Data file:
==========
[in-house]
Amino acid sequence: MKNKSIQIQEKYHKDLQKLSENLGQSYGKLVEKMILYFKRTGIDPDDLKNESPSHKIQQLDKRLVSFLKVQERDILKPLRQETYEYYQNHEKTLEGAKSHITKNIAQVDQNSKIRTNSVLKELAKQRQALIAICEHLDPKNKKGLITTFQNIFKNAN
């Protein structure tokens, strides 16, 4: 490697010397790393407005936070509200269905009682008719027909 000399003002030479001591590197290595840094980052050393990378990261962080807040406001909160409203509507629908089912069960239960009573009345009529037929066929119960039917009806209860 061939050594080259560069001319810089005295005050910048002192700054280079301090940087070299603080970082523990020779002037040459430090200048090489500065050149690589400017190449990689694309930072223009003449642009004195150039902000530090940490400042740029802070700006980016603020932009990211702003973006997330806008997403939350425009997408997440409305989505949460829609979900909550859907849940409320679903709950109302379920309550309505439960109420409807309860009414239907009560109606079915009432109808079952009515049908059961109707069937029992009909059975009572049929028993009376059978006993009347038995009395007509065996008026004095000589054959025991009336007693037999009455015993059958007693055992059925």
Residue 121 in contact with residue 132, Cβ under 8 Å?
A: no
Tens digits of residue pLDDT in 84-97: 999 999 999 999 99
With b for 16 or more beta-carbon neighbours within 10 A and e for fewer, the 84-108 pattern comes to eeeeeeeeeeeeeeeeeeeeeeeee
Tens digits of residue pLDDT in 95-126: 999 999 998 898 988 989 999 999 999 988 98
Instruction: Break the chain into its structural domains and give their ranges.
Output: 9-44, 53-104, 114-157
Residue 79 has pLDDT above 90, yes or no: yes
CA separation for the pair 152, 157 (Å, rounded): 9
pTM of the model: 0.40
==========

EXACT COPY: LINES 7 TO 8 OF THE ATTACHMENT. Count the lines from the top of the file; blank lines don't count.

With b for 16 or more beta-carbon neighbours within 10 A and e for fewer, the 84-108 pattern comes to eeeeeeeeeeeeeeeeeeeeeeeee
Tens digits of residue pLDDT in 95-126: 999 999 998 898 988 989 999 999 999 988 98